He was not at all a killjoy.
John Wesley may have formed the oaken roots of Methodism, but records show him to have been, if not a wisecracking humorist, certainly a joyful sort.
A fellow preacher spoke of his “cheerfulness mingled with gravity, a sprightliness which was the natural result of an unusual flow of spirits and was yet combined with … the most serene tranquillity”.
Yet it cannot be denied that he could stir up a maelstrom in a crowd as soon as look at it. Trouble was his middle name, so to speak. And you wouldn’t know it to look at him: a neat figure, five foot three in his stockings, with brown-auburn hair and piercing blue eyes. A fastidious man.
And fastidiously, he recorded a visit to Hull where he made quite an impression on the local populace and they on him.
It was a chilly April day, roundabout teatime, when a coach called for Mr Wesley and took him to a place called Mighton Car, about half a mile outside town, where the people came: thousands of them. Some wealthy, some without two pennies to rub together; some on foot, or horse, and some in coaches. And they waited to hear the great man speak.
Now we only have Mr Wesley’s word for what he said that day. I know of no other testimonies. And like all one-sided accounts, I can only surmise he was selective in what he relayed. His journal asserts that he simply preached:” What shall it profit a man if he shall gain the whole world and lose his own soul?”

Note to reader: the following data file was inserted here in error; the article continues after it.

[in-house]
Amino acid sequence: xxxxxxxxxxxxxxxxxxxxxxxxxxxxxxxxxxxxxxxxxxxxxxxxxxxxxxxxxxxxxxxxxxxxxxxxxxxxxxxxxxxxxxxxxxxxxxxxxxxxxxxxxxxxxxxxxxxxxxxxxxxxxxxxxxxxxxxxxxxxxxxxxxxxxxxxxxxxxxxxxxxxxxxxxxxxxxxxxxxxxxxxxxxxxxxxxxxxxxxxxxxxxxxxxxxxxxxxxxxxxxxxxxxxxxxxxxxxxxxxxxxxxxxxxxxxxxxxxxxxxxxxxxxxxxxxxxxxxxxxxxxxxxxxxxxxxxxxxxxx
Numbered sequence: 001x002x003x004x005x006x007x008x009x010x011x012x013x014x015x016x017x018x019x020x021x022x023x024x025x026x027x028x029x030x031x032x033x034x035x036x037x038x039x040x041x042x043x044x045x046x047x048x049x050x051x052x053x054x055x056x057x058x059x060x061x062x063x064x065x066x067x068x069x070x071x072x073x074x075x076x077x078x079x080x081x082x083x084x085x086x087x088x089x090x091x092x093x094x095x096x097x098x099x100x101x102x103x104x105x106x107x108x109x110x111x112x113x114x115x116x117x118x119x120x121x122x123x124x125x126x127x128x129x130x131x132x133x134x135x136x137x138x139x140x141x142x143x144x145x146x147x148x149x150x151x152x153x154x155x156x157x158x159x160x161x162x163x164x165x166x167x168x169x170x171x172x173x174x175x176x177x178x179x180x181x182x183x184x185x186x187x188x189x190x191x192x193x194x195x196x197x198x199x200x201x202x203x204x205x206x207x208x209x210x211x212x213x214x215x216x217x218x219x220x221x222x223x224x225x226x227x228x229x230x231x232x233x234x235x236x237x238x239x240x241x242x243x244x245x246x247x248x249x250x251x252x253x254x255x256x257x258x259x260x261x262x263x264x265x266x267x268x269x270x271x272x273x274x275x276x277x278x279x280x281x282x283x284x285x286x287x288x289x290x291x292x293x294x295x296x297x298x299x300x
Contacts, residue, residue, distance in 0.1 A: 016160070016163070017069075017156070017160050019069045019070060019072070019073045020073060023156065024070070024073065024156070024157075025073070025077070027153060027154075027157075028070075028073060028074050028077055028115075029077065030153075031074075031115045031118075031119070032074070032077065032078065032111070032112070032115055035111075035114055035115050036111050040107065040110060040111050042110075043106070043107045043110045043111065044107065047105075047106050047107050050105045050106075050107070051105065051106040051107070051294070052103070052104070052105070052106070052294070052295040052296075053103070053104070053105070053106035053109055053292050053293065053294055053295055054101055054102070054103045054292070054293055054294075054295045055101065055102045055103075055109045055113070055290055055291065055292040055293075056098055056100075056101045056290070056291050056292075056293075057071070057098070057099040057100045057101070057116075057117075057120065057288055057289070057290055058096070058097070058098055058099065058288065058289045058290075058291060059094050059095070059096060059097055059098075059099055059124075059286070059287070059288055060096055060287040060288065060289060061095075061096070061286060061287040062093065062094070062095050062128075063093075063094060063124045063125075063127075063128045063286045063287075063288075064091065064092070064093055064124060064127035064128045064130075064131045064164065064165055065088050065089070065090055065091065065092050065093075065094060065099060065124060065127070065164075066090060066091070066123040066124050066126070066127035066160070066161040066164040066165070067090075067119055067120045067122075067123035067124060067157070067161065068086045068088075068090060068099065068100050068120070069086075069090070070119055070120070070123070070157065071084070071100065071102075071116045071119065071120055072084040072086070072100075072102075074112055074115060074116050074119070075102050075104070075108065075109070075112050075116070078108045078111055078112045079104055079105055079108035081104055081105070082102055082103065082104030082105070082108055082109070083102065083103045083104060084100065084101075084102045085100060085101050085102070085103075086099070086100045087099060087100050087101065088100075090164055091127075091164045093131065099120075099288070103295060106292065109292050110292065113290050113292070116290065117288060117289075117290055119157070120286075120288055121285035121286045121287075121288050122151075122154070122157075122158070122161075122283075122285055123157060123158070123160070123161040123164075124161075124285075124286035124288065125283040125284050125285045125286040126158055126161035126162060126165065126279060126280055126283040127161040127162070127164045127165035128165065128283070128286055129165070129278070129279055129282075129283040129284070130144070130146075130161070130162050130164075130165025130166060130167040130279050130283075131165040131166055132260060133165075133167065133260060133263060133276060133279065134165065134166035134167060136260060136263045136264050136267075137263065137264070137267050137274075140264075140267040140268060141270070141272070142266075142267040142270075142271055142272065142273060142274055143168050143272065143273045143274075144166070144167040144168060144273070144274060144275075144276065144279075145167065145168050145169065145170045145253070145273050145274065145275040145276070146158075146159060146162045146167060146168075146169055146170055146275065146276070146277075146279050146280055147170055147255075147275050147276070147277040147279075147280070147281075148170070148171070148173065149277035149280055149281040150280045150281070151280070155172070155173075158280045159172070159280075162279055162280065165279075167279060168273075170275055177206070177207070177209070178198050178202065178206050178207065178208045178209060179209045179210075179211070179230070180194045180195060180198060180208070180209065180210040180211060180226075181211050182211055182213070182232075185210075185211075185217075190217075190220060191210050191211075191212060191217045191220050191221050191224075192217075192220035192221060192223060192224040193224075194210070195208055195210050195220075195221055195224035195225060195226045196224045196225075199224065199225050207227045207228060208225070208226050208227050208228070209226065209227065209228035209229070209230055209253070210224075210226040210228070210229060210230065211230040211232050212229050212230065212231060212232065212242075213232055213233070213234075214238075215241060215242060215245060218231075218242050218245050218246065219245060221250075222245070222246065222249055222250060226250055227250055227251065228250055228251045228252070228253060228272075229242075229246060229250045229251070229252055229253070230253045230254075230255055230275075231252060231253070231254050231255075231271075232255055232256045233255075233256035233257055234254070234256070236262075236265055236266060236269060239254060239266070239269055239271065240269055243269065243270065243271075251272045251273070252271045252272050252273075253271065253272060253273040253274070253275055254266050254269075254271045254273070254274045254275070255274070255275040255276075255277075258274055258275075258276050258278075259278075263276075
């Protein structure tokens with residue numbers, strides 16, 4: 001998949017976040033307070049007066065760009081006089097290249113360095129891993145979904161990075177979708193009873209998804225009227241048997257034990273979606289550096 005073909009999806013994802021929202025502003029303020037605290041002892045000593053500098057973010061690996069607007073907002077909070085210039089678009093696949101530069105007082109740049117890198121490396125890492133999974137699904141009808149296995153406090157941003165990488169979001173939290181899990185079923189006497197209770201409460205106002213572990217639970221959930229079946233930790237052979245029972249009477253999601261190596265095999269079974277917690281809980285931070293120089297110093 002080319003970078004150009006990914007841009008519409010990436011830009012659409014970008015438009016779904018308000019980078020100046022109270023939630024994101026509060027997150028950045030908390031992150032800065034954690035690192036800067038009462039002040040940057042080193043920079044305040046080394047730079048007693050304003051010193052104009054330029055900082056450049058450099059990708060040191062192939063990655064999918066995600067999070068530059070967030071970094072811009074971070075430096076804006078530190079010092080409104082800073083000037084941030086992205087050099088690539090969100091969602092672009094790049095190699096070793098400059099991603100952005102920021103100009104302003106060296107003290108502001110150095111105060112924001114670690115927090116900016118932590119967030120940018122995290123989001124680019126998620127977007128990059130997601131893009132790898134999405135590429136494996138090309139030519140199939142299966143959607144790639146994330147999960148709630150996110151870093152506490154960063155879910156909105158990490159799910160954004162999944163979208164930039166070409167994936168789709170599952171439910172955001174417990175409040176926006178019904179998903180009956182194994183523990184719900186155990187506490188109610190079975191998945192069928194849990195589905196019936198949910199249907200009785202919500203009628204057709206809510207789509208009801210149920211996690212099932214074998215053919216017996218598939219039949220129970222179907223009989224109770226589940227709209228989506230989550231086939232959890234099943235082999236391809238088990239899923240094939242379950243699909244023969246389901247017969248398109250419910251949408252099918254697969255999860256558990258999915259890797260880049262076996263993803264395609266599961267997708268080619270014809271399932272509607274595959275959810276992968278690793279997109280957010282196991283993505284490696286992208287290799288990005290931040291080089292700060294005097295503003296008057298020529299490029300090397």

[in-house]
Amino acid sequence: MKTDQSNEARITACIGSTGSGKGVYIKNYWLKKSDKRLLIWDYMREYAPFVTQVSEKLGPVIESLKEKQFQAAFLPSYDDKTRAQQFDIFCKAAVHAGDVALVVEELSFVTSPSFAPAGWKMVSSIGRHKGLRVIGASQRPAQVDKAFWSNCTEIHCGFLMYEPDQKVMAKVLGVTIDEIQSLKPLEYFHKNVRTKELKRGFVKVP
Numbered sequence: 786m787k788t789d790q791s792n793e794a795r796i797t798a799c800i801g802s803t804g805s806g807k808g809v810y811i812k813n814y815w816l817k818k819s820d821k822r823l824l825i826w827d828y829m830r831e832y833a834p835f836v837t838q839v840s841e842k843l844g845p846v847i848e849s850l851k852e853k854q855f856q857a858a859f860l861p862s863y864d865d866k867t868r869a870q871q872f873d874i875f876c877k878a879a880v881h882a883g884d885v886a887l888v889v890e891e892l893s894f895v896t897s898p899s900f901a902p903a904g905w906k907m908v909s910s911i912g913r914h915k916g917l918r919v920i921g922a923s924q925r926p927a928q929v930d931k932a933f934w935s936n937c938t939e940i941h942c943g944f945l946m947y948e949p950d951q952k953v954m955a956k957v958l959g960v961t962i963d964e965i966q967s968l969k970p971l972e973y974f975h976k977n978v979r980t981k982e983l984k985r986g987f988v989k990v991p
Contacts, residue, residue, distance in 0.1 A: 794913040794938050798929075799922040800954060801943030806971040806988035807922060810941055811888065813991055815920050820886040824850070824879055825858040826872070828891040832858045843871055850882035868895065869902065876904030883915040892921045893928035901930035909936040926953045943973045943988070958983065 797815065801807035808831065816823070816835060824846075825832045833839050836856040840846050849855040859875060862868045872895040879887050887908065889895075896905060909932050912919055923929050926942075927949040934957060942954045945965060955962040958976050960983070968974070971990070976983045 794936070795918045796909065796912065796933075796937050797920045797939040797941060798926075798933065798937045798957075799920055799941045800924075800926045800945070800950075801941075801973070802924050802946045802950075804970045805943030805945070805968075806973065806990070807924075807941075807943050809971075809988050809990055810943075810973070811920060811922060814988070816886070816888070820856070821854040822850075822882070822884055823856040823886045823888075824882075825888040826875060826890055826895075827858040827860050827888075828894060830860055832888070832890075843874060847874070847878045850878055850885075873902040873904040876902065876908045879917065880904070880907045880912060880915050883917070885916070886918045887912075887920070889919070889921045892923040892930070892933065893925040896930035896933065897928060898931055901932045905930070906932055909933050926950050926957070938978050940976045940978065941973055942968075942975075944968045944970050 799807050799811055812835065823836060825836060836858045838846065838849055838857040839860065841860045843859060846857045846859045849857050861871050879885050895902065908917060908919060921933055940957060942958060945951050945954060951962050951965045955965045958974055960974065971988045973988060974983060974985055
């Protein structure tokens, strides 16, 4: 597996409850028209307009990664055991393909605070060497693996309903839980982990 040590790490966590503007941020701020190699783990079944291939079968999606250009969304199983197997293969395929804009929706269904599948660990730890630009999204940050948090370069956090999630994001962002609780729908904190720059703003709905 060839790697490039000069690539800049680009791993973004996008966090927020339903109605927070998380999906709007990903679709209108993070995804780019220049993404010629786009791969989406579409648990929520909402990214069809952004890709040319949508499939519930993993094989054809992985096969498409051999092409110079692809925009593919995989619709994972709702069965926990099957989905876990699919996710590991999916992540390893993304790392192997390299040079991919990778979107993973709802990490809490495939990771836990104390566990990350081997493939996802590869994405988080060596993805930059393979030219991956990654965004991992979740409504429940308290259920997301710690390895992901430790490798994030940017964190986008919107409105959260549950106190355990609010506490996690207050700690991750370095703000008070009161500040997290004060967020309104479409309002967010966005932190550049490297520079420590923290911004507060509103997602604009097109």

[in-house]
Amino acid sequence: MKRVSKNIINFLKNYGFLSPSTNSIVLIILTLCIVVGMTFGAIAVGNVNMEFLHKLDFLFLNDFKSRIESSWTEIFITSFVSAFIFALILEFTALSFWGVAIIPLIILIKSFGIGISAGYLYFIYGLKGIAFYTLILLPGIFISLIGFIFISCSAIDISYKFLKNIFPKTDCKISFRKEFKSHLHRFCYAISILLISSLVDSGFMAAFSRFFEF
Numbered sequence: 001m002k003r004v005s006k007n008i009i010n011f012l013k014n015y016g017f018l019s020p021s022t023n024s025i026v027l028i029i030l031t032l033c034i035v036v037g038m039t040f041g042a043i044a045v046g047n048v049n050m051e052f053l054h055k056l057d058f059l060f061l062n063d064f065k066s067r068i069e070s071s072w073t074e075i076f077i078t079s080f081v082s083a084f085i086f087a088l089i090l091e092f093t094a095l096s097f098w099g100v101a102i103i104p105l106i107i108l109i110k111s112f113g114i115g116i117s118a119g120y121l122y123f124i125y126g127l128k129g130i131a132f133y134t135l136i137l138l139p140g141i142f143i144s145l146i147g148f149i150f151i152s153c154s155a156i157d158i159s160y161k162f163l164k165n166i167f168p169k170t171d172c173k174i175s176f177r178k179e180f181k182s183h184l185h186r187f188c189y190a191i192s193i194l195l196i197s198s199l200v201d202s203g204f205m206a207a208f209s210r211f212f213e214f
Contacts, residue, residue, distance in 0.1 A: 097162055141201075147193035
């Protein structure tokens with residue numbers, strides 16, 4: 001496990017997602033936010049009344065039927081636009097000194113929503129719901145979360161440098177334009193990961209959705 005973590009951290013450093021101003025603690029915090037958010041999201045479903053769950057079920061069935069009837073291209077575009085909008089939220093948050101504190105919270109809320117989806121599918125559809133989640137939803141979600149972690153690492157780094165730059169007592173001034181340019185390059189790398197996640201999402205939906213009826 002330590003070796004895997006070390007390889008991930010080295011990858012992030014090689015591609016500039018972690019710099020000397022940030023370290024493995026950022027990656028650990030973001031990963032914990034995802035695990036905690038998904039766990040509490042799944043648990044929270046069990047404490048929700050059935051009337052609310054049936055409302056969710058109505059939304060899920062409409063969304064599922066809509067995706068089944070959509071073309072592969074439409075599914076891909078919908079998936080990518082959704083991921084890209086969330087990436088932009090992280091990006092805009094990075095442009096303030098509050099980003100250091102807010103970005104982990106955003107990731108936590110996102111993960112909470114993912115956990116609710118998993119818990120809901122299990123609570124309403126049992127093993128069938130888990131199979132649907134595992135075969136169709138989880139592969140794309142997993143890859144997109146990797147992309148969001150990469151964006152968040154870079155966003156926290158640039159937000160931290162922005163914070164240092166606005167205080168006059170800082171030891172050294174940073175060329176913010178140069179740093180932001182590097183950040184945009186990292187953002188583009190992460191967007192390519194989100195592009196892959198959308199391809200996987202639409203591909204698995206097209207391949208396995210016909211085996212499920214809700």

Sometimes, it’s not what you say, it’s the way that you say it.
Thousands seriously attended to his words, he informs his journal.
But some did not. Quite a lot, actually. Many behaved, he says, as if they were possessed by demons.
Clods of earth being hurled in his direction were the least of his worries; many chose stones. But Wesley says not one touched him, or disturbed him.
There is, is there not, a wisdom in knowing when to retreat; and Mr Wesley was nothing if not a wise man. He finished what he had to say and cast around for his coach.
But the coachman- clearly not a spiritual man – had scarpered: driven clean away when the going got tough.
Thank goodness for the gentlewoman!
There she sat, in a coach already crammed with seven people. History does not record whether she consulted her fellow passengers before flinging open the door and inviting Wesley and his wife in, designating the whole party as a riotous getaway coach.
So there they were, their driver willing the horses on and the crowd swarming around the wheels and throwing whatever they could in at the windows, which were down so that the glass did not get broken.
And how did Mr Wesley avoid harm?
“A large gentlewoman who sat in my lap,” he recalls, “screened me so that nothing came near me.”
Ah; does not God work in strange ways?